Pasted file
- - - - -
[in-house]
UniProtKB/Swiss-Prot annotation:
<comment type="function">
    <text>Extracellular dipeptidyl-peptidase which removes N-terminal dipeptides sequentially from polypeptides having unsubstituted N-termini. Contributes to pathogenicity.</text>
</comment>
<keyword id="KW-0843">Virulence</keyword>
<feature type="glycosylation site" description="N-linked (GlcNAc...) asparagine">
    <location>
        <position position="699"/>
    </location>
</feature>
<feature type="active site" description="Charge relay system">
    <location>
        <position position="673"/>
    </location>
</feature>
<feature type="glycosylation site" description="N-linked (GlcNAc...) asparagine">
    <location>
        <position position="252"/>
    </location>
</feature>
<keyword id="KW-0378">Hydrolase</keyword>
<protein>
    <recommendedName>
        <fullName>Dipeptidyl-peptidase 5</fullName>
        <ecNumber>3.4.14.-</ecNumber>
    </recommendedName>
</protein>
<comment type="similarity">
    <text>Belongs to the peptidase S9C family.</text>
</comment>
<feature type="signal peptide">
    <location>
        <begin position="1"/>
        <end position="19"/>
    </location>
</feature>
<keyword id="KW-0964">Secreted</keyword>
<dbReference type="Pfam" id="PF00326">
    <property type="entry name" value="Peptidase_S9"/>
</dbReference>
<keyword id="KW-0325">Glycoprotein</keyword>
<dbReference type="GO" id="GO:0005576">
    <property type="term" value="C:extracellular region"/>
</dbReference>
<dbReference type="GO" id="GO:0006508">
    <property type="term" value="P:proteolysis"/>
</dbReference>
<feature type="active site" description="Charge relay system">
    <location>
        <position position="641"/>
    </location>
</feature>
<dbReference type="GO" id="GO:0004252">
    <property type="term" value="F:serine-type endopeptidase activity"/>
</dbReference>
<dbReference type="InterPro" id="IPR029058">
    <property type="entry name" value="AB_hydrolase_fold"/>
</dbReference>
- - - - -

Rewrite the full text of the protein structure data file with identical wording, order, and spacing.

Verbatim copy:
[in-house]
UniProtKB/Swiss-Prot annotation:
<comment type="function">
    <text>Extracellular dipeptidyl-peptidase which removes N-terminal dipeptides sequentially from polypeptides having unsubstituted N-termini. Contributes to pathogenicity.</text>
</comment>
<keyword id="KW-0843">Virulence</keyword>
<feature type="glycosylation site" description="N-linked (GlcNAc...) asparagine">
    <location>
        <position position="699"/>
    </location>
</feature>
<feature type="active site" description="Charge relay system">
    <location>
        <position position="673"/>
    </location>
</feature>
<feature type="glycosylation site" description="N-linked (GlcNAc...) asparagine">
    <location>
        <position position="252"/>
    </location>
</feature>
<keyword id="KW-0378">Hydrolase</keyword>
<protein>
    <recommendedName>
        <fullName>Dipeptidyl-peptidase 5</fullName>
        <ecNumber>3.4.14.-</ecNumber>
    </recommendedName>
</protein>
<comment type="similarity">
    <text>Belongs to the peptidase S9C family.</text>
</comment>
<feature type="signal peptide">
    <location>
        <begin position="1"/>
        <end position="19"/>
    </location>
</feature>
<keyword id="KW-0964">Secreted</keyword>
<dbReference type="Pfam" id="PF00326">
    <property type="entry name" value="Peptidase_S9"/>
</dbReference>
<keyword id="KW-0325">Glycoprotein</keyword>
<dbReference type="GO" id="GO:0005576">
    <property type="term" value="C:extracellular region"/>
</dbReference>
<dbReference type="GO" id="GO:0006508">
    <property type="term" value="P:proteolysis"/>
</dbReference>
<feature type="active site" description="Charge relay system">
    <location>
        <position position="641"/>
    </location>
</feature>
<dbReference type="GO" id="GO:0004252">
    <property type="term" value="F:serine-type endopeptidase activity"/>
</dbReference>
<dbReference type="InterPro" id="IPR029058">
    <property type="entry name" value="AB_hydrolase_fold"/>
</dbReference>